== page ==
I never liked hot pot: I was an impatient kid armed with a surprisingly scroogey sense of humor.
“If I wanted to go to a restaurant, why would I cook?”
Yes, the ingredients are all prepped. All I had to do was to throw them in boiling broths in a specified order that would appease my mother.
Oh no, I must stop myself before I analyze it as a metaphor.
Hell, I wrote this one for a reason. In an attempt to capture those rare winter weekends paired with icy rains and the usual polite indecision, when my family didn’t have the insight to make dinner reservations and opted to wait in line. Then we would be seated, hungry, order and watch as mother insists on throwing in the napa cabbage first and nothing else.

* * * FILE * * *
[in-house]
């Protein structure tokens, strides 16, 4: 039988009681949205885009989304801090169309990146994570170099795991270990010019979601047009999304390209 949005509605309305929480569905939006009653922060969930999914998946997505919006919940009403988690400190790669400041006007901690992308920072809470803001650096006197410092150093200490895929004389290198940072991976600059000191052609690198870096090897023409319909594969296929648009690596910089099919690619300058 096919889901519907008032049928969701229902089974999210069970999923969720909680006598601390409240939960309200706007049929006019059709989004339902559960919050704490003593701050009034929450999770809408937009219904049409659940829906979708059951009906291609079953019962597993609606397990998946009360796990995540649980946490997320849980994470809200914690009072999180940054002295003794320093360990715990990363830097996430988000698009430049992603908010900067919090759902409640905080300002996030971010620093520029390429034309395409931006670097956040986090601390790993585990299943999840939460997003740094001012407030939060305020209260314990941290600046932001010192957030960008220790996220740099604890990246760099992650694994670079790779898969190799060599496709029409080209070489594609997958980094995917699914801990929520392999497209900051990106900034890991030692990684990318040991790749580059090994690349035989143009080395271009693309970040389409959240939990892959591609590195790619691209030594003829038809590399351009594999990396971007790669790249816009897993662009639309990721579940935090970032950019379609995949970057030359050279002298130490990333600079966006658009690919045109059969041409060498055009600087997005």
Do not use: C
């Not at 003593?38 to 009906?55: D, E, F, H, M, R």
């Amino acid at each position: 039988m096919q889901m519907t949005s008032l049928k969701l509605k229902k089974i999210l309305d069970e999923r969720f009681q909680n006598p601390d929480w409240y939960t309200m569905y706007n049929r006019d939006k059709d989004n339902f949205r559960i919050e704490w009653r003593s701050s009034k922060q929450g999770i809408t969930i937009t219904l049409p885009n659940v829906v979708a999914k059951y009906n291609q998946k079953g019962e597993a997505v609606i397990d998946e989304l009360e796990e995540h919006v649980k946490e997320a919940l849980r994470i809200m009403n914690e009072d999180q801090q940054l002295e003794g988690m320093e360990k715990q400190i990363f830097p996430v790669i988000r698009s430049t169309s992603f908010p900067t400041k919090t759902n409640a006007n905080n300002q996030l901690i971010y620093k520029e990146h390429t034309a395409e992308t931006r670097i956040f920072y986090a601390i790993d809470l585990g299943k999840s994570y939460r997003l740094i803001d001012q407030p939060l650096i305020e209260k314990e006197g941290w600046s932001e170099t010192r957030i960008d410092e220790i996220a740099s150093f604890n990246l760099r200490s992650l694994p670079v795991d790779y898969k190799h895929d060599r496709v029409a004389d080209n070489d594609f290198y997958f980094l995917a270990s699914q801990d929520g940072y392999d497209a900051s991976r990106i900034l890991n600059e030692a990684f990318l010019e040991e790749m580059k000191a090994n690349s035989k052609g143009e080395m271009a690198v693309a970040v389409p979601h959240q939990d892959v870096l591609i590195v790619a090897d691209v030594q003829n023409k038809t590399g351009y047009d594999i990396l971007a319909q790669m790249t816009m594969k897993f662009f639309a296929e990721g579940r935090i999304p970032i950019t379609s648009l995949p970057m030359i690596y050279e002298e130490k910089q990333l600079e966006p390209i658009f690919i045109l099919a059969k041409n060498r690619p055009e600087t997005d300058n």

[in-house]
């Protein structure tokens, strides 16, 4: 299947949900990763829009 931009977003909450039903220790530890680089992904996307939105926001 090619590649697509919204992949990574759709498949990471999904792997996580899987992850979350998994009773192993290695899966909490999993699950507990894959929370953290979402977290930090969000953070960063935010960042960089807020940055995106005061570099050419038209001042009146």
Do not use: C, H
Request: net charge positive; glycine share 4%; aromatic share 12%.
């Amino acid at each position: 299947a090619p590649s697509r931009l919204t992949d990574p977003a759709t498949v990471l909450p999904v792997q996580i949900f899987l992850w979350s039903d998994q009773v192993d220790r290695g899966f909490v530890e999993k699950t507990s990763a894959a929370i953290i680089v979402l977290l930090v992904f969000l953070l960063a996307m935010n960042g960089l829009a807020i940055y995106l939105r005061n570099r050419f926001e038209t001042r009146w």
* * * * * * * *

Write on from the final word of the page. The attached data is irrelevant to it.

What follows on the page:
I reached for a meatball to earn a retort I knew coming.
“Don’t touch that, if you eat it, you will get breast cancer or other bad things for women.”
The last part was always added as father proceeded to drop all the toppings she deemed cancerous. And, as I settled with flavorless meat — soy sauce and variations were also forbidden — and piles of vegetables, assuming that my father only continue to throw those things in the pot may kill me anyway because he cared not of me.
Then, one fateful day on a rainy, foggy weekend, my friends made plans for hot pot. Then I noticed that all was already placed in the pot for me. Then I realized that there was no cancer threats for me. But the toppings felt so wrong, like the forbidden fruits of a mother’s threat-laced care.
I ate the whole pot and was satisfied.